Washington CountiesThere are 39 counties in the state of Washington. Washington was carved out of the western part of Washington Territory and admitted to the Union as the 42nd state in 1889. The first counties were created from unorganized territory in 1845.
Walla Walla County, Washington
Walla Walla County History, Geography, and Demographics
Etymology - Origin of County Name
The Walla Walla Native American tribe.
County QuickFacts: Census Bureau Quick Facts
Walla Walla County was created 25 April 1854 from Clark County.
Walla Walla County covers 1,271 square miles in south central Washington, ranking 26th in size among Washington's 39 counties. It is bounded to the east by Columbia County, to the north by the Snake River and Franklin County, to the west by Benton and Franklin counties and the Columbia River, and to the south by the state of Oregon. The city of Walla Walla is the County Seat. The land that would become Walla Walla County was one of the earliest areas between the Rocky Mountains and the Cascade Mountains to be permanently settled by non-Indians, and for that reason it is sometimes referred to as the cradle of Pacific Northwest history. The 1847 Whitman Massacre and the 1855 Treaty Council in Walla Walla are among the most significant events to have occurred within what is now Walla Walla County. Agriculture is the most significant industry in the county, especially the cultivation of wheat, onions, and wine grapes. Walla Walla County has a population of 54,200 as reported in the 2000 Census.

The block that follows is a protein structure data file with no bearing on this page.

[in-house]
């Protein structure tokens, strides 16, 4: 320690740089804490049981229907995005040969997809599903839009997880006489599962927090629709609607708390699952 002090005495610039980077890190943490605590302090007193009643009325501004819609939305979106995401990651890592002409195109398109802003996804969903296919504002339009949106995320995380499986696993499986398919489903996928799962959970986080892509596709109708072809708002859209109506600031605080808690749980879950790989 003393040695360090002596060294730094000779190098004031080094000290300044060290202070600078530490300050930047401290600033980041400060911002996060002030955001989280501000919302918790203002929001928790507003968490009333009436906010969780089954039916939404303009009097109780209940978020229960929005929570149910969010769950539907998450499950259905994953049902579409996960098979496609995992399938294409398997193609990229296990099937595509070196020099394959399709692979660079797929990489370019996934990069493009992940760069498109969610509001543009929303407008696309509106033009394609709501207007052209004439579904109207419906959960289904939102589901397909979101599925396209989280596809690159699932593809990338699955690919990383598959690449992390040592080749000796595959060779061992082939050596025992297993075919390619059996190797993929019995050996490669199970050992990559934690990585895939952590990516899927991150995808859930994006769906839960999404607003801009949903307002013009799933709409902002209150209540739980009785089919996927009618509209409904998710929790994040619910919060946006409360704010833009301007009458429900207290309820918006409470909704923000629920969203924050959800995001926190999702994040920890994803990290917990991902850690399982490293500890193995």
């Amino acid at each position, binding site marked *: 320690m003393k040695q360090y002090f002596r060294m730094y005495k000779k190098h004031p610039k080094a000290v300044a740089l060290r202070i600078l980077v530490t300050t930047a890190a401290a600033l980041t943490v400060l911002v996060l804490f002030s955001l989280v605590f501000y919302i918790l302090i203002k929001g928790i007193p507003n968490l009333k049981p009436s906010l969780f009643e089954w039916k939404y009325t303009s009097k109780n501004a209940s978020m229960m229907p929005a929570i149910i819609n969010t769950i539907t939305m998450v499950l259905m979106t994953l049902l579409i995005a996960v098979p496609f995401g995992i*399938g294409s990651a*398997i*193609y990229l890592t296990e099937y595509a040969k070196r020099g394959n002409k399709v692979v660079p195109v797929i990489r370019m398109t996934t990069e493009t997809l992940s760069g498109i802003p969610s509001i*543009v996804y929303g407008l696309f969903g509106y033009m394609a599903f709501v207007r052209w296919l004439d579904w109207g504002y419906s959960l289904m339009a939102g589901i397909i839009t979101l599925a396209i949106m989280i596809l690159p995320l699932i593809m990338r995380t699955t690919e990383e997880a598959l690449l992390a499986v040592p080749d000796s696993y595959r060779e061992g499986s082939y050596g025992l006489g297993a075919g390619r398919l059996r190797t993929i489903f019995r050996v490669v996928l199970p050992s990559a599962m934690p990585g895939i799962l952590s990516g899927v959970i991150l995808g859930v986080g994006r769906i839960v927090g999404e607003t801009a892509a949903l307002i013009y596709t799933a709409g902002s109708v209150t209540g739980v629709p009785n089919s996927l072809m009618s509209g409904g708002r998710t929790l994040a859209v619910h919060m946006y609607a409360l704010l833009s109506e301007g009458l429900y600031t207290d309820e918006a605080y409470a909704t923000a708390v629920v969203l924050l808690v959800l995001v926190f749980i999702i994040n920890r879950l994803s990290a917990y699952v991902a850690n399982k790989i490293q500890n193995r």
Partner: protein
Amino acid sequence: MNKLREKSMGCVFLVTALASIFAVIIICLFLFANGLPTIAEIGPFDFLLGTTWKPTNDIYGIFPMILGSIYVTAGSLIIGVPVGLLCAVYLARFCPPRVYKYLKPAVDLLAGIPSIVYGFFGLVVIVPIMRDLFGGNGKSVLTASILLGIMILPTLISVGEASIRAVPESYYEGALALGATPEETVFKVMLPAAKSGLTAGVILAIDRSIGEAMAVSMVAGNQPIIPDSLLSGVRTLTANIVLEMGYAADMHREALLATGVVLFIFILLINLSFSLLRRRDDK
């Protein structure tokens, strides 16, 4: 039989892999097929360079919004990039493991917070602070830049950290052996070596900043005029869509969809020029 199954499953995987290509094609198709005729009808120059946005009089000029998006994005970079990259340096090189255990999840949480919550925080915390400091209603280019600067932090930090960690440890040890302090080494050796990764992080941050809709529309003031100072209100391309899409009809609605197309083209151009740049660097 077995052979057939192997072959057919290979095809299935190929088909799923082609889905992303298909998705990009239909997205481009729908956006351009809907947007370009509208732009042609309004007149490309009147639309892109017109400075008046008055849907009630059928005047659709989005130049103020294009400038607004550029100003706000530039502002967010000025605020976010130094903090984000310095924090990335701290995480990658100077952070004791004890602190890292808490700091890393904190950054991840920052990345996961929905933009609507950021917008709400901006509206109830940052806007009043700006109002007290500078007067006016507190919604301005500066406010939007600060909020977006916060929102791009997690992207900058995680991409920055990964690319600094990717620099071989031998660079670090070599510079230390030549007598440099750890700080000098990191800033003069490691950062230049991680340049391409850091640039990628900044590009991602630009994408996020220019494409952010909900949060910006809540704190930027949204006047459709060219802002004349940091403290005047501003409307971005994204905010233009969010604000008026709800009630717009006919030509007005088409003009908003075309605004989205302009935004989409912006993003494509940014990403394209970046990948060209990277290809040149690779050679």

According to the U.S. Census Bureau, the county has a total area of 1,299 square miles (3,365 kmē), of which,
1,271 square miles (3,291 kmē) of it is land and 29 square miles (74 kmē) of it (2.21%) is water.
Cities and Towns:
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The history of our nation was a prolonged struggle to define the relative roles and powers of our governments: federal, state, and local. And the names given the counties, our most locally based jurisdictions, reflects the "characteristic features of this country!"